12 Tips for Getting Organized

Getting organized is as much a mental act as it is physical action. Here are 12 tips to help you get organized. These come from a conversation I had with Susan Stone, Professional Organizer, Living Peace, LLC. We talked about our favorite ways to get organized and help others do the same.

  1.  Eat an elephant. How do you eat an elephant?- one bite at a time.  One change at a time is all that is needed to organize a space and your life. Small steps make the changes in your life as well as in your space. Pick small one thing that needs to get organized  – papers, computer files, clothes, linen closet, kitchen, mail, children’s room, and work on that one thing until it is sufficiently organized and you are content.
  2.  Mail Call. Open your mail every day, or make a weekly appointment with yourself—and don’t break it!—to open all your mail and pay all your bills.  Get rid of all your junk mail immediately. Shred all items with your name and other identifying information away.
  3.  Dinner Date. Set up a weekly appointment with yourself to do the food shopping. You can create a meal plan for the week and use it to write your grocery list. You won’t need to go to the grocery store all the time.
  4.  Play a rousing game of “HA! I already…!”.  Reframe the act of sorting through the saved bills from 10 years ago as a celebration of  “HA! I already paid you!”. Stacks of college notebooks = “HA! I already graduated!” You get the idea.
  5.  Play Ball. Put the ball in other people’s court when you can with the goal to have no papers on your desk at all. To that, act on all your open files; do your part and you won’t have to think about the project, task or question—until the others get back to you. Put the papers you have acted on in a Pending File with a note as to the action taken, when and with whom. Then create a follow-up date and automatic reminder in your calendar- if necessary.
  6.  Virtual Reality. Anything that you can keep as a document on your computer, do. Do not print out anything—unless you will need it outside your home or office. Always back up important information from your computer onto discs or a backup drive!
  7.  Get back that lovin’ feeling.  Susan Stone, professional organizer suggests falling in love with your space again. “Like any good relationship, the one you have with your personal space requires time, attention and the commitment to discovering the very best it can be.”   She suggests starting with one room, name it “something juicy and delicious,” then go about courting it, by seeing the good in it and letting go of what you don’t need.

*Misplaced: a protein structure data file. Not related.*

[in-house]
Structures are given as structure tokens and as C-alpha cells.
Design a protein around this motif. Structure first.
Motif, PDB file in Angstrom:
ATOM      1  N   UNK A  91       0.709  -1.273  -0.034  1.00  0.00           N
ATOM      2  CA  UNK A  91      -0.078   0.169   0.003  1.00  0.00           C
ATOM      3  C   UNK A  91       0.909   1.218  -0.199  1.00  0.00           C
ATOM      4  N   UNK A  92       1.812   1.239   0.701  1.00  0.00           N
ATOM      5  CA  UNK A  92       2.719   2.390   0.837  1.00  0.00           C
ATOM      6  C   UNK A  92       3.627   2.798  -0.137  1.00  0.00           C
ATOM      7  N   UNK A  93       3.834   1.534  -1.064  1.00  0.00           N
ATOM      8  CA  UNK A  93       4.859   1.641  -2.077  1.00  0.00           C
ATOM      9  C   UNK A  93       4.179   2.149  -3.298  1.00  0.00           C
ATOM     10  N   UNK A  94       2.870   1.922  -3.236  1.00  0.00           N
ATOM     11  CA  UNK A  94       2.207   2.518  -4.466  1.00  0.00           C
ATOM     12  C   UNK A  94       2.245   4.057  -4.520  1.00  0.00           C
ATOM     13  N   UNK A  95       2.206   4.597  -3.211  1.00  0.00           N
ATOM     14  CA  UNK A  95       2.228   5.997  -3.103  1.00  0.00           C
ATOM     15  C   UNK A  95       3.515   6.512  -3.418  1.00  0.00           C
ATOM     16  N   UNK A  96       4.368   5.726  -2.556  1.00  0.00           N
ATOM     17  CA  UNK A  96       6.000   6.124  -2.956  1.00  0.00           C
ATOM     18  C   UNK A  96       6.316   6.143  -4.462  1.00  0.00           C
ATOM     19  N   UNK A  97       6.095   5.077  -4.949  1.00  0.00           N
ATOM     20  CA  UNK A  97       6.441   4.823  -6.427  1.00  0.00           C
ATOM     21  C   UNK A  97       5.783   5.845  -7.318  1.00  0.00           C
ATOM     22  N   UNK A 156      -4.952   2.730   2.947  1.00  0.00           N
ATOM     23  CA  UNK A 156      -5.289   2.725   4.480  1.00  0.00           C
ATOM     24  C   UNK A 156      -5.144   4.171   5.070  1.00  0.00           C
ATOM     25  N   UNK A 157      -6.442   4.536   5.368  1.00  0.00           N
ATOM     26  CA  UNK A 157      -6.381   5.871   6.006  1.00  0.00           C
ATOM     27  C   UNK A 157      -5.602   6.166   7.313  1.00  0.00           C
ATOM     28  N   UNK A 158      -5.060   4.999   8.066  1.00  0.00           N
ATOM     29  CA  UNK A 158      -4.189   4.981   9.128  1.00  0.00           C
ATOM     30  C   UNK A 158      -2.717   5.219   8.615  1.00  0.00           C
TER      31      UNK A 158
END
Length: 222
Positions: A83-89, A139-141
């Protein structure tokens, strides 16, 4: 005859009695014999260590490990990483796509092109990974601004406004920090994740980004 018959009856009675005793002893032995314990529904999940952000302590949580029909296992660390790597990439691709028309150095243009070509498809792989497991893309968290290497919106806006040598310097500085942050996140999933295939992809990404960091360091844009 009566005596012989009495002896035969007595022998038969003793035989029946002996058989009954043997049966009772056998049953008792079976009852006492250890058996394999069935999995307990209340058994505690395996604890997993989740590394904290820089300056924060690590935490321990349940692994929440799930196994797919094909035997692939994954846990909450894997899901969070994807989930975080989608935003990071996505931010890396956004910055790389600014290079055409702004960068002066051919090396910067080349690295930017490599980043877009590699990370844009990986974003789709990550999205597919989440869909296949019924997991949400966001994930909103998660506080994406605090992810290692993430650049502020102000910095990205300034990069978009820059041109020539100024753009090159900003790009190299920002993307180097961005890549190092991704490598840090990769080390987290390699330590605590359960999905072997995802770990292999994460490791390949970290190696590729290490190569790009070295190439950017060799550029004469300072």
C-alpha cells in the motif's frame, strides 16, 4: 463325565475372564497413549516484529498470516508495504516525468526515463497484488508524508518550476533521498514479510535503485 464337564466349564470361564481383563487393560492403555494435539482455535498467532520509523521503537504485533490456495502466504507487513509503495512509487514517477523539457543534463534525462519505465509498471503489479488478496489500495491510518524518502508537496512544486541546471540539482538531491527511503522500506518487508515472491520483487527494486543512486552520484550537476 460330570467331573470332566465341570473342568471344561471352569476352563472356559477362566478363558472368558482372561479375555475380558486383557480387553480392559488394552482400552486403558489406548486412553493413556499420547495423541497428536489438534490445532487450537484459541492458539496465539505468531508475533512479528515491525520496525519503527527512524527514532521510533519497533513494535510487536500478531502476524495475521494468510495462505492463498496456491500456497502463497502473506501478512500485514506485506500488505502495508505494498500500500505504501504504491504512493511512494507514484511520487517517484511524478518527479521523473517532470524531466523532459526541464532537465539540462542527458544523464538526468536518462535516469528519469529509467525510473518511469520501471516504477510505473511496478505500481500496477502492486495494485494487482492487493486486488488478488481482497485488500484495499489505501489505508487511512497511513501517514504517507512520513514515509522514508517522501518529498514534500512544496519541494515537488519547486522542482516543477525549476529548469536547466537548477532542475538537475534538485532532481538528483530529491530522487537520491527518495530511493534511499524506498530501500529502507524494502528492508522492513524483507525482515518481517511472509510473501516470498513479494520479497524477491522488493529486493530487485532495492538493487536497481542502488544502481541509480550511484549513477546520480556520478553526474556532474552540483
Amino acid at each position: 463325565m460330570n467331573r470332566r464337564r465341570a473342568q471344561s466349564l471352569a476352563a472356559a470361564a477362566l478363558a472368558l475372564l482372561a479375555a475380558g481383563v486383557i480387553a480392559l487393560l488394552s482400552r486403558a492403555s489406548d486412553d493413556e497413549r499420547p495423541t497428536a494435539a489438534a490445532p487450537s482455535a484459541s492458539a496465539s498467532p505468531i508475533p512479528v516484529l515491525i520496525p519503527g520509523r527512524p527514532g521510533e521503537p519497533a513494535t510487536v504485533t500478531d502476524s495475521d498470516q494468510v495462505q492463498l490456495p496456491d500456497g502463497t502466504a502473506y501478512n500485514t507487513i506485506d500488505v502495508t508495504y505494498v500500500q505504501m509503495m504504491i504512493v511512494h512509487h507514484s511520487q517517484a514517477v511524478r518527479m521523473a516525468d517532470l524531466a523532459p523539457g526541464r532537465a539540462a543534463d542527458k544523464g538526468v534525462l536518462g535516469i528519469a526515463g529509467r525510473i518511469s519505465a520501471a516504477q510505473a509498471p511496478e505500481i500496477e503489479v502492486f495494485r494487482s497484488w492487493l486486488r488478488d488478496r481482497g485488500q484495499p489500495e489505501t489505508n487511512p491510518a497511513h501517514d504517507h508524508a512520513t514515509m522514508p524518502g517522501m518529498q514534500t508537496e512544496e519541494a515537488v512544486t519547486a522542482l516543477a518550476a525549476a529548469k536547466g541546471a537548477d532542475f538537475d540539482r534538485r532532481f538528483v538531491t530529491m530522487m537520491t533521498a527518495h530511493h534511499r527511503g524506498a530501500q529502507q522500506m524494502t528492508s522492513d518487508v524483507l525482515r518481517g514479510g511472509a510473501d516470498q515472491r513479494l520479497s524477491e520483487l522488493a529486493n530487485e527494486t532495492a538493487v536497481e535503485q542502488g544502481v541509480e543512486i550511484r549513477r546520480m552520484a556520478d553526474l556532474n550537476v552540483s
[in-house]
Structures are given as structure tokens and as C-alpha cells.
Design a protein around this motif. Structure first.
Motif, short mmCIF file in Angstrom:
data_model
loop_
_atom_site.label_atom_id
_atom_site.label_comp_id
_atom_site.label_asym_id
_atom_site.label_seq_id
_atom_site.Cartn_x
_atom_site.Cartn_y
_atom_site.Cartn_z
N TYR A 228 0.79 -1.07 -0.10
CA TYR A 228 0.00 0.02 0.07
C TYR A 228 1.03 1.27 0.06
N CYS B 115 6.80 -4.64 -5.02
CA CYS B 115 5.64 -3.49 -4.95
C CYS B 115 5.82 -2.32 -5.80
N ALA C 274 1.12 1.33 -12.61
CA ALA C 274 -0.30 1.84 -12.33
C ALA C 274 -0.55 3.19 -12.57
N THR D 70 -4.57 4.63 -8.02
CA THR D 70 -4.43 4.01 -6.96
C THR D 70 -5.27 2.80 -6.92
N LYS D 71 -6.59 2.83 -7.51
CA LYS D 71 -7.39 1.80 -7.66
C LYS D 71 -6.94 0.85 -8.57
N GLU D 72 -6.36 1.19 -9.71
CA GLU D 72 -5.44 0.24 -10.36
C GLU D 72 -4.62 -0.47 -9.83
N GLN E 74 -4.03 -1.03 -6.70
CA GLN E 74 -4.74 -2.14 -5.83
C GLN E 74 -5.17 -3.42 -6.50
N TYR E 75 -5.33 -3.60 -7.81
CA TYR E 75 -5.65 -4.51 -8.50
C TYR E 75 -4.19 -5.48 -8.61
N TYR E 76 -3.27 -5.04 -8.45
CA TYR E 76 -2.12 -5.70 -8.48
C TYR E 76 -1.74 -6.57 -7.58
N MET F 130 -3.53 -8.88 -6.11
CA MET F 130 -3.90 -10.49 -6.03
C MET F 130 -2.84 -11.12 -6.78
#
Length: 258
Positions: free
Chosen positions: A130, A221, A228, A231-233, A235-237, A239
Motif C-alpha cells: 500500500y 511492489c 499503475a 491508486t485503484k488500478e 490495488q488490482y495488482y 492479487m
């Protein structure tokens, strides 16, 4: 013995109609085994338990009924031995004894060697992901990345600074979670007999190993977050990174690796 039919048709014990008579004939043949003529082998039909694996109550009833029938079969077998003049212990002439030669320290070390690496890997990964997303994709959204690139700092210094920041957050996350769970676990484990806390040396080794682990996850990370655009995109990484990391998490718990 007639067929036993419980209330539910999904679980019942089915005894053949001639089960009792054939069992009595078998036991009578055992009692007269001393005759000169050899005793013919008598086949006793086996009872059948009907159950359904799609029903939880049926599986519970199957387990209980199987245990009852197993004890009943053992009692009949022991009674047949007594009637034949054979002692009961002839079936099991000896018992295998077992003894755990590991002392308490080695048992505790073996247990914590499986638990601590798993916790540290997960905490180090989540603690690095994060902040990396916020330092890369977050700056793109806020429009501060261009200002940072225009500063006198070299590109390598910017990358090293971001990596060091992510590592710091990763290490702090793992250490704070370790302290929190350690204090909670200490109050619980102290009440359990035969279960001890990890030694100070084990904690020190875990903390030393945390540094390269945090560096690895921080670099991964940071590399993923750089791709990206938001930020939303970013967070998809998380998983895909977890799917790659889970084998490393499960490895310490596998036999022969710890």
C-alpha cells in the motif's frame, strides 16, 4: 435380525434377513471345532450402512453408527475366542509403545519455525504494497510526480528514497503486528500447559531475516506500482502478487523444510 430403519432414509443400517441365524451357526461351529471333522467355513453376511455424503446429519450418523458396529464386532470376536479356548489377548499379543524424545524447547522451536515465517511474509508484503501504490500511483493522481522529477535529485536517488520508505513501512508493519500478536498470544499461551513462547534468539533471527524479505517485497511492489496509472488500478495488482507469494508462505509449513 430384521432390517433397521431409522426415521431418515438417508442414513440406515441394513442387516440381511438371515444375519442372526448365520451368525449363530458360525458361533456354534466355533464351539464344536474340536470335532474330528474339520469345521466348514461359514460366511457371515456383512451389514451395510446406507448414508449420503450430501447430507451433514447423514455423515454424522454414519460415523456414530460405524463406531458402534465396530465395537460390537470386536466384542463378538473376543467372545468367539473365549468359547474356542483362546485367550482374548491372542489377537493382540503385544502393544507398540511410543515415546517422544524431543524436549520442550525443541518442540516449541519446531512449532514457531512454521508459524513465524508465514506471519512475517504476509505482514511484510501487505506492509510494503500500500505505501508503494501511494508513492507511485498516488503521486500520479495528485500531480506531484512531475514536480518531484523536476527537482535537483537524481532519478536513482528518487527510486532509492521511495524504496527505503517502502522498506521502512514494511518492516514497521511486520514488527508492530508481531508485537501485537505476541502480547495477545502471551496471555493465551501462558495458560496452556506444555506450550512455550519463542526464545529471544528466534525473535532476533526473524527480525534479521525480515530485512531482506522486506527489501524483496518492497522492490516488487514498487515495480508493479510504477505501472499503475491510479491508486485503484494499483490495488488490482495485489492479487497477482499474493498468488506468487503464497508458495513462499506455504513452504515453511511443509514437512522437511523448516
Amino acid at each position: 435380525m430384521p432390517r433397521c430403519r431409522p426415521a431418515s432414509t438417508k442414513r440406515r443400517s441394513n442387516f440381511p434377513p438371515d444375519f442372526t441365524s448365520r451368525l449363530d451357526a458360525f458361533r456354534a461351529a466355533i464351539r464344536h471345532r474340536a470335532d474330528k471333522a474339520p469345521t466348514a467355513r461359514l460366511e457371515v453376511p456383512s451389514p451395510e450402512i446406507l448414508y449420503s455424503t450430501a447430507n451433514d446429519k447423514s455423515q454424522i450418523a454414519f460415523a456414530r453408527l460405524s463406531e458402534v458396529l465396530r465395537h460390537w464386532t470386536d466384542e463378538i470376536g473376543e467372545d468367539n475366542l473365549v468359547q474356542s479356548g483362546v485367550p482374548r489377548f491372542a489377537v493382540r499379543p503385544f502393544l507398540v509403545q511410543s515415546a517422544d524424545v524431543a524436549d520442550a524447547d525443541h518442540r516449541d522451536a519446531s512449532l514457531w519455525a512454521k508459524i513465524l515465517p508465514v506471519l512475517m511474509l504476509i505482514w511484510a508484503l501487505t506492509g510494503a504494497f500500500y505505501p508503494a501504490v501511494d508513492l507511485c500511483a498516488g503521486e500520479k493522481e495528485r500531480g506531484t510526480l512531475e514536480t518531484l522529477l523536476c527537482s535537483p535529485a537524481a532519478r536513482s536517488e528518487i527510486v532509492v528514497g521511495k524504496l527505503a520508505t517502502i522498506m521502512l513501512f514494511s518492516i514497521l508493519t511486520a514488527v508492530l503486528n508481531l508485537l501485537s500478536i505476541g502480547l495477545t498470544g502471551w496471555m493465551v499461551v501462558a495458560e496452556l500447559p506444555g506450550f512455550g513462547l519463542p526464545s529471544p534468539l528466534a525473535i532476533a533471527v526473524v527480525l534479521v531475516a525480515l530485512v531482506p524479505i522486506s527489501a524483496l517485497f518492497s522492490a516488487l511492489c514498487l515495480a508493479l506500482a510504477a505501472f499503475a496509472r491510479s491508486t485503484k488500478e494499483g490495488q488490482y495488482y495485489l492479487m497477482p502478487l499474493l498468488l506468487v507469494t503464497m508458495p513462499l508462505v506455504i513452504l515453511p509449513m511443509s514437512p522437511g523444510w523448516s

8.  Swap and Shop. Hold a clothing/tool/furniture/book swap with some other women. Bring the items you no longer use, but are still usable and trade with others.  In my experience women seem to do this more than men, but fella’s have at it too.
  9.  Start a pass along group. You could do this with books you are done reading and not likely to ready again. This is something I started doing with my Mom and other folks I know who share similar tastes in reading.
  10.  Create a Starter Kit. Too much kitchen stuff, well how about putting together a “starter kit” that could be given to a person starting out on their own, or even folks transitioning from temporary to permanent housing? The same could be done for linens in good shape, furniture etc.
  11.  Snap! Go through your items quickly and make snap judgments—your gut instinct is generally a good one. Then repeat the process. You are likely to find more items you can live without. If you are holding onto something in case you “might” need it in the far off future, get rid of it!
  12.  Bring in the Professionals. If you need a more of a push to get organized, an experienced personal organizer can be a wonderful resource. The National Association of Professional Organizers can help you locate providers in your area. Professional organizers can help separate you emotionally from the possessions you no longer need and that clutter our minds as well as our space.
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